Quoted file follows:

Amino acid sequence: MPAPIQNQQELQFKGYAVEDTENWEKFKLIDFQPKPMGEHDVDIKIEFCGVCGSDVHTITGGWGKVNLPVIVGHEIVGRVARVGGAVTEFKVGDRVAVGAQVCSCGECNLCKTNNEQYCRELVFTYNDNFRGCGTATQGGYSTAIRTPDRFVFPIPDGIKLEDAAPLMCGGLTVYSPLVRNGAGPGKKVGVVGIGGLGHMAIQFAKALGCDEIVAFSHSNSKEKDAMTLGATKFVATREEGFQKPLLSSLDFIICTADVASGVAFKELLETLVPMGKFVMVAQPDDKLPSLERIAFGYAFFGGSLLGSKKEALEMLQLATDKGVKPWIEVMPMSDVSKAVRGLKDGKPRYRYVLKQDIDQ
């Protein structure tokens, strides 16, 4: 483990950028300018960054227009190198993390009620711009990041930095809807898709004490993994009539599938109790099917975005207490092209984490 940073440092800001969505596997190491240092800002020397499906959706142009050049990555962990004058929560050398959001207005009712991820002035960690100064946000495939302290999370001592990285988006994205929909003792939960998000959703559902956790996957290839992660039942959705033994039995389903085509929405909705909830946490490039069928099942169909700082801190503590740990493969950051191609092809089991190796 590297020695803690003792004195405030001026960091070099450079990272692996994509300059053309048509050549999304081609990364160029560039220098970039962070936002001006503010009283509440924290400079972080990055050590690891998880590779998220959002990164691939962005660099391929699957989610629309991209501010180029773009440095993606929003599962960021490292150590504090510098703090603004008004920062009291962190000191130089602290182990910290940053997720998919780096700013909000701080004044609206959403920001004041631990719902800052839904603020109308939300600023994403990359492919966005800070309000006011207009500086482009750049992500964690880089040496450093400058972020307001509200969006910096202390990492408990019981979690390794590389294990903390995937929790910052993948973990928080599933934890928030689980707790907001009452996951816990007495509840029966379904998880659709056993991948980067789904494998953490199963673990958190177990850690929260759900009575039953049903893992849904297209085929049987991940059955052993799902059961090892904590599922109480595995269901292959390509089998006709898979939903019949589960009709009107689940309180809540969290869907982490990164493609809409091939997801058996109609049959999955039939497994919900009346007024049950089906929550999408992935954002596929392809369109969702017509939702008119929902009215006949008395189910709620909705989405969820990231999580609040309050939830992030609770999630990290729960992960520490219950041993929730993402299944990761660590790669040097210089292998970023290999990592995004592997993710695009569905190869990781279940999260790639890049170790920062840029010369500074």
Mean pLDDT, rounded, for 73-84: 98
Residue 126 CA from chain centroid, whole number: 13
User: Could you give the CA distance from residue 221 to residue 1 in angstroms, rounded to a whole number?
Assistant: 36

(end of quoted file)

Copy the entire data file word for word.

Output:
Amino acid sequence: MPAPIQNQQELQFKGYAVEDTENWEKFKLIDFQPKPMGEHDVDIKIEFCGVCGSDVHTITGGWGKVNLPVIVGHEIVGRVARVGGAVTEFKVGDRVAVGAQVCSCGECNLCKTNNEQYCRELVFTYNDNFRGCGTATQGGYSTAIRTPDRFVFPIPDGIKLEDAAPLMCGGLTVYSPLVRNGAGPGKKVGVVGIGGLGHMAIQFAKALGCDEIVAFSHSNSKEKDAMTLGATKFVATREEGFQKPLLSSLDFIICTADVASGVAFKELLETLVPMGKFVMVAQPDDKLPSLERIAFGYAFFGGSLLGSKKEALEMLQLATDKGVKPWIEVMPMSDVSKAVRGLKDGKPRYRYVLKQDIDQ
């Protein structure tokens, strides 16, 4: 483990950028300018960054227009190198993390009620711009990041930095809807898709004490993994009539599938109790099917975005207490092209984490 940073440092800001969505596997190491240092800002020397499906959706142009050049990555962990004058929560050398959001207005009712991820002035960690100064946000495939302290999370001592990285988006994205929909003792939960998000959703559902956790996957290839992660039942959705033994039995389903085509929405909705909830946490490039069928099942169909700082801190503590740990493969950051191609092809089991190796 590297020695803690003792004195405030001026960091070099450079990272692996994509300059053309048509050549999304081609990364160029560039220098970039962070936002001006503010009283509440924290400079972080990055050590690891998880590779998220959002990164691939962005660099391929699957989610629309991209501010180029773009440095993606929003599962960021490292150590504090510098703090603004008004920062009291962190000191130089602290182990910290940053997720998919780096700013909000701080004044609206959403920001004041631990719902800052839904603020109308939300600023994403990359492919966005800070309000006011207009500086482009750049992500964690880089040496450093400058972020307001509200969006910096202390990492408990019981979690390794590389294990903390995937929790910052993948973990928080599933934890928030689980707790907001009452996951816990007495509840029966379904998880659709056993991948980067789904494998953490199963673990958190177990850690929260759900009575039953049903893992849904297209085929049987991940059955052993799902059961090892904590599922109480595995269901292959390509089998006709898979939903019949589960009709009107689940309180809540969290869907982490990164493609809409091939997801058996109609049959999955039939497994919900009346007024049950089906929550999408992935954002596929392809369109969702017509939702008119929902009215006949008395189910709620909705989405969820990231999580609040309050939830992030609770999630990290729960992960520490219950041993929730993402299944990761660590790669040097210089292998970023290999990592995004592997993710695009569905190869990781279940999260790639890049170790920062840029010369500074």
Mean pLDDT, rounded, for 73-84: 98
Residue 126 CA from chain centroid, whole number: 13
User: Could you give the CA distance from residue 221 to residue 1 in angstroms, rounded to a whole number?
Assistant: 36